View Single Post
Old 11-29-2008, 02:37 AM
LTJG Iferal's Avatar
LTJG Iferal LTJG Iferal is offline
Join Date: Nov 2008
Posts: 265

Originally Posted by Big D View Post
Did you see the original trailer for The Wrath of Khan? Non-stop exploding ships, consoles, and dudes. Supplemented with Angry Khan voiceovers. It captured the theme and pacing of a handful of the film's scenes, but ignored all the depth and character - the Carol and David subplot, the Genesis device, the confrontation of age, obsolescence, and death. Basically, it was a trailer that said next to nothing about the movie...
Very much, indeed.

For those who think they can tell so much about a movie from its trailer, I invite you to watch this one:

What does this trailer tell you about the movie? It certainly establishes an atmosphere - dark, brooding, revenge-based. Yes, you can grasp the basic plot as it is explained in the trailer. But what can you divine about the movie's "theme and pacing" from that trailer?

Well, you're wrong. What this trailer FAILS to get across, perhaps deliberately, is that the movie it is a trailer for is a musical. Nearly every line of dialogue that is NOT in the trailer, is sung, not spoken. People were so shocked, when they bought tickets to this movie, to find out it was a musical that many walked out on it. In the UK, someone tried to file a class-action lawsuit accusing the producers of false advertizing, BECAUSE the trailer, and the other promotional materials of the film, simply did not convey in any wise that the film was a musical - a fact they claimed was so important that anyone's decision to buy a ticket would be affected by it.

Here's another example. What can you deduce about the "theme and pacing" of the following film? Bear in mind, this trailer was released quite soon after the film The Chronicles of Narnia came out:

If you were to go to that movie, what would you expect? Something very much like the aforementioned Narnia, certainly. Almost a clone of it, it seems like, right?

Wrong. The "fantasy" elements depicted in that trailer are certainly in the film, but there aren't many more of them than you see in the trailer. Bridge to Terabithia in all actuality has nothing to do discovering new fantasy realms - a few snippets of the kids' imaginations are shown, but these are neither the basis nor the driving element of the story, which is really about the kids themselves. The story, 95-percent of which takes place firmly in inescapable reality, involves the relationship between the two main characters, and (sorry for the spoiler) how one of them deals with the death of the other. It is a dark drama that explores mature themes that the trailer doesn't allude to in the slightest, and which many parents who saw the films with their families did not want to expose their young children to. Many of those parents complained, because they took their kids to see a fantasy adventure film, not the film that Terabithia really was.

And yet, all of those people - the unfortunate musical-haters who have attacked Sweeney Todd, and the disaffected fantasy fans who have criticized Terabithia's ad campaign - really COULD have known what they were in for, very very easily. Why? Because both of those works were derivative.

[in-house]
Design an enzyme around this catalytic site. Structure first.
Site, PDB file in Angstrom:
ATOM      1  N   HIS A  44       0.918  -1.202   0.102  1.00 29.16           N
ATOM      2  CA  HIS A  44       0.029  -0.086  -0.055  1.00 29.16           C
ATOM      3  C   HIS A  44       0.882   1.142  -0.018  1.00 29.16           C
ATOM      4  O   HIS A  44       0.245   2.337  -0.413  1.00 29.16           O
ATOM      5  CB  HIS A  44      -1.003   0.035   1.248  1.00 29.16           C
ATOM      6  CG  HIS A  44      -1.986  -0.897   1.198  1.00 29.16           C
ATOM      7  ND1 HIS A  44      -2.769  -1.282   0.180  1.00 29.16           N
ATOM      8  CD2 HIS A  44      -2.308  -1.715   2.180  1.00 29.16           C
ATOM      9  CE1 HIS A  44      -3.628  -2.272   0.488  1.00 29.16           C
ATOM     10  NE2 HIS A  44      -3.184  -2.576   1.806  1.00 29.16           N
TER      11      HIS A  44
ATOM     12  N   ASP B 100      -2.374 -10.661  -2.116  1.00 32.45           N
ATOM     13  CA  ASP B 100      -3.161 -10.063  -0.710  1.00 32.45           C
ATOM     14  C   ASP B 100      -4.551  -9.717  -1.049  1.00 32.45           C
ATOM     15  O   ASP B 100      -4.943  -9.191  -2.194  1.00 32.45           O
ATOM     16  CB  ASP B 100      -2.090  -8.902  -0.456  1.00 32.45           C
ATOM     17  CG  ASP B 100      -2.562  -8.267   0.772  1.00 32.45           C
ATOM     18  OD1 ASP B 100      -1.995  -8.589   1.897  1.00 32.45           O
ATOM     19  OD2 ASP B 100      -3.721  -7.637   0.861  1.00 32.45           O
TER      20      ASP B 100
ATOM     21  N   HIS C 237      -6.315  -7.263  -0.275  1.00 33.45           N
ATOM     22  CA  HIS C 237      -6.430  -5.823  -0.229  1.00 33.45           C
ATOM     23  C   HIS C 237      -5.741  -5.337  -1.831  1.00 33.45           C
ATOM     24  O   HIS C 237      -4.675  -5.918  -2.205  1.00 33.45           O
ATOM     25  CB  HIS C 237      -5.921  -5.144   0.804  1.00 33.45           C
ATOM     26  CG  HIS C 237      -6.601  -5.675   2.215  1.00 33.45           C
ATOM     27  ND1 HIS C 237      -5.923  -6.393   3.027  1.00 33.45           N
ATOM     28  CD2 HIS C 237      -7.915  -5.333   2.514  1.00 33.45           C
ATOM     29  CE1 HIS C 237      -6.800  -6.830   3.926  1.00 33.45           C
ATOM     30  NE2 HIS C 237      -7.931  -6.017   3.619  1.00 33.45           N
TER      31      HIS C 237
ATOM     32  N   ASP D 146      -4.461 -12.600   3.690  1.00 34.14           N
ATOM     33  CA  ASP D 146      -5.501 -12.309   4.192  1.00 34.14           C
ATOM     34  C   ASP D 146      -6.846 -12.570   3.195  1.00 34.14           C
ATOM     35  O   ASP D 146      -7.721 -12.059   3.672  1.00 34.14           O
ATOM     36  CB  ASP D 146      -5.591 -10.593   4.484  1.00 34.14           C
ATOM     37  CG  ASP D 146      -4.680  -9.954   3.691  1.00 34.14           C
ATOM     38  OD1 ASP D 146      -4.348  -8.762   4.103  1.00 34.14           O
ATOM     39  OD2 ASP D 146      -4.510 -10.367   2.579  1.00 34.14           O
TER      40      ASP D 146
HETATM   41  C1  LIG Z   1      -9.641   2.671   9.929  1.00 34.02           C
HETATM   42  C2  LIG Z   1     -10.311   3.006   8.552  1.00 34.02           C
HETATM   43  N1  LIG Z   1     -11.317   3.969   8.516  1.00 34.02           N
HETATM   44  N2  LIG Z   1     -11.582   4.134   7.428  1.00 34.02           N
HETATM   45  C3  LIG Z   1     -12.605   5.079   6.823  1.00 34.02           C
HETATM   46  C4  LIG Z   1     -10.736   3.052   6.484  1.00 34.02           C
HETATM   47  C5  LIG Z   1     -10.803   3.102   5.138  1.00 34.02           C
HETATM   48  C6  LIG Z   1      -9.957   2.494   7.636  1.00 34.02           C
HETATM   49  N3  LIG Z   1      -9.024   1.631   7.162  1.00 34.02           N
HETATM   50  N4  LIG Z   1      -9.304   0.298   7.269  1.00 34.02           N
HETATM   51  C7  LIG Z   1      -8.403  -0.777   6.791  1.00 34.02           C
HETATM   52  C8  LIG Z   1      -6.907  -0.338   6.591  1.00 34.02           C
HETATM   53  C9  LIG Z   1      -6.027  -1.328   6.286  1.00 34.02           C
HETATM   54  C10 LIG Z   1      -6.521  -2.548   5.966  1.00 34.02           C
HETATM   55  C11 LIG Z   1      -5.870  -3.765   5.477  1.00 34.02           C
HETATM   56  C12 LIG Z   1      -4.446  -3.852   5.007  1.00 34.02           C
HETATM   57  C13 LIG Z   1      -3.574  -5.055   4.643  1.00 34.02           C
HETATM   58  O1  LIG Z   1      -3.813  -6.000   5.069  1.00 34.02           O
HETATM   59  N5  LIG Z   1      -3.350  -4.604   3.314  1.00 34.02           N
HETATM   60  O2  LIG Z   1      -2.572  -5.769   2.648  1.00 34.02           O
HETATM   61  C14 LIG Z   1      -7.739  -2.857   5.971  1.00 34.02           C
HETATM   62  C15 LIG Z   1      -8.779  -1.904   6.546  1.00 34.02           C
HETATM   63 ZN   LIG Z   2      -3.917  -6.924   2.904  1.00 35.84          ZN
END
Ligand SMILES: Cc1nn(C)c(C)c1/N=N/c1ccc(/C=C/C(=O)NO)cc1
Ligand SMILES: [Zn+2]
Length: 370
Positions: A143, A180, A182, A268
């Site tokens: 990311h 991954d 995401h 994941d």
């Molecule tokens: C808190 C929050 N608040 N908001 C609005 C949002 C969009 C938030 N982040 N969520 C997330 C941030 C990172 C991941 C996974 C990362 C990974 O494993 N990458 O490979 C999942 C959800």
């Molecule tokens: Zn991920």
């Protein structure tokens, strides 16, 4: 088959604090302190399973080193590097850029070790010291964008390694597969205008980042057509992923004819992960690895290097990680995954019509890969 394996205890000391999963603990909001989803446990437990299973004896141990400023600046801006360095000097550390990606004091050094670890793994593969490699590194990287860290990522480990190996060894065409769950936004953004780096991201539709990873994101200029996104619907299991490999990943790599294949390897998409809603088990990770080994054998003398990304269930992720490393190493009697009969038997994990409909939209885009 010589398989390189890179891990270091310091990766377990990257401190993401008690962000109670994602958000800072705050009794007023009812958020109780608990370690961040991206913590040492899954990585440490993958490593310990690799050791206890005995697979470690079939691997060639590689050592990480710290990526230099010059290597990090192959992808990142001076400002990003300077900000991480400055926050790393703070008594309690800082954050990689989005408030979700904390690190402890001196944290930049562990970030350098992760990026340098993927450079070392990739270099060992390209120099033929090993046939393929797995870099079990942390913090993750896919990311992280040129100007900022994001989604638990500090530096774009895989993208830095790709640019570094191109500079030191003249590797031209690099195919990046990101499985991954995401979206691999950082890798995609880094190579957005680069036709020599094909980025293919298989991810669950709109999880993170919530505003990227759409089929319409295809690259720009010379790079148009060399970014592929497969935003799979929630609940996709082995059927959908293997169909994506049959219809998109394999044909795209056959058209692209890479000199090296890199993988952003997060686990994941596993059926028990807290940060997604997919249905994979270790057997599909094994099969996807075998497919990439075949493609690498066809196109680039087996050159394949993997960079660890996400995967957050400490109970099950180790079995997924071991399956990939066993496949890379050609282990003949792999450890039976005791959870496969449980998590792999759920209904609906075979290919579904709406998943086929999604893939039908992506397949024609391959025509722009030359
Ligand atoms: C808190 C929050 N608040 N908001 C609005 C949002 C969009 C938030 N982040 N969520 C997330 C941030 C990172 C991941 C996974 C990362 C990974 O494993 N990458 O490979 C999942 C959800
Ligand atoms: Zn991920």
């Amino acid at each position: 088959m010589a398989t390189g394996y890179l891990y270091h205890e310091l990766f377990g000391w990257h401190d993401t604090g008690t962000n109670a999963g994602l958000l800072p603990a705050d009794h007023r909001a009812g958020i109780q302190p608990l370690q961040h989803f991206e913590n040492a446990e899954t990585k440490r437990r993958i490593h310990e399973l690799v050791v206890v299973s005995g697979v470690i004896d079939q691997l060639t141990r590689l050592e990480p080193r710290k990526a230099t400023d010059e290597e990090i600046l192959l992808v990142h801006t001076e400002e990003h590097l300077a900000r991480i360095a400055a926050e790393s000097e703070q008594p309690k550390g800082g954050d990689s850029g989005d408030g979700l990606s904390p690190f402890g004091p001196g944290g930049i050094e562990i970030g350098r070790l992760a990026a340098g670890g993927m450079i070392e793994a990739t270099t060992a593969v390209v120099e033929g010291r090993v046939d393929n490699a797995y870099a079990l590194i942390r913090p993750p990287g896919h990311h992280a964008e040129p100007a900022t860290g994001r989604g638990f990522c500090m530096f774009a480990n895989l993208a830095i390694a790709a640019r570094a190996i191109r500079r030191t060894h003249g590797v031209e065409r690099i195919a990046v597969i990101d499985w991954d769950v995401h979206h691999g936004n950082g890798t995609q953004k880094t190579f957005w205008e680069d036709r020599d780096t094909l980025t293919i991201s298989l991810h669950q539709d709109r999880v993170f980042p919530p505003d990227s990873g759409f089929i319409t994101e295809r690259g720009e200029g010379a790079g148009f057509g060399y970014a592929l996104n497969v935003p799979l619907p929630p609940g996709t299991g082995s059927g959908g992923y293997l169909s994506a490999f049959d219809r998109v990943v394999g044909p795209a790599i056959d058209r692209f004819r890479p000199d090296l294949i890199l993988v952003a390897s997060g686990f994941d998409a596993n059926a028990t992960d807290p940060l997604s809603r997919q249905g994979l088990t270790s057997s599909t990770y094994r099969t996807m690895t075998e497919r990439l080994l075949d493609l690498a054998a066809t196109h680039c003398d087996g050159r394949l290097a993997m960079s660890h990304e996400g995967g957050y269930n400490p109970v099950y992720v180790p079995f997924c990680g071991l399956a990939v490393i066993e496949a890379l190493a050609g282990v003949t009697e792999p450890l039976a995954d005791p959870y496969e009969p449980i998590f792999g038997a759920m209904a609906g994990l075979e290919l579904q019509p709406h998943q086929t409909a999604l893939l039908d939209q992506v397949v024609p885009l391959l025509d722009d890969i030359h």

The film Sweeney Todd: The Demon Barber of Fleet Street is based on a quite NON-obscure stage MUSICAL of the same name. Although the people who produced the movie were not involved in any way with any of the stage productions, and thusly the film does differ from the stage play in a couple of minor ways, the fact is there was source material - a musical - and while Sweeney Todd was another person's vision of that source material, it was essentially true to that source. So, the film Sweeney Todd is a musical.

Likewise, people could've known all about Bridge to Terabithia by doing a quick round on Google or Wikipedia. Had any of those angry parents bothered to do so, they would've learned literally in seconds that movie is based on a book written in 70s, and that the death of a child - one of the principal characters, no less - is the anchor of the story and an integral part of the plot. They would've learned that the book was one of the most controversial of its time because of the aforementioned death, amongst other things such as one of the main characters' exposition and discussion of his atheism. The author of the book was not involved in the production of the movie, but it would be obvious to anyone with even cursory knowledge of the book's content that anyone's "vision" of the story simply would not be able to avoid integrating those controversial aspects of the book into the film.

How does this relate to Star Trek? Well, this film is a derivative work, like the above-mentioned films; it has source material that it must stay true to. The trailer gives you the sense of an action film, but this obviously doesn't have to be true at all - as illustrated by the above examples - and said trailer must be taken in the context of the source material. Abrams may have a unique "vision" of Star Trek, but there are certain things about it he cannot change. What makes Star Trek, Star Trek is certainly not only the names of the characters or the fact that the ship is named the Enterprise; and it is most definitely not the fact of whether or not Kirk knows how to drive a car. What Star Trek IS, is its story and premise - the High Concept, if you will, which has been firmly established, and which has nothing to do with how old Kirk was when he first got on the ship. You know that this film will be sticking with that premise, regardless of what the ship looks like. If Paramount's allowing this film to have been made at all is not evidence enough of that, then Nimoy's endorsement of the project should be highly suggestive of it.

Last edited by LTJG Iferal : 11-29-2008 at 02:40 AM.
Reply With Quote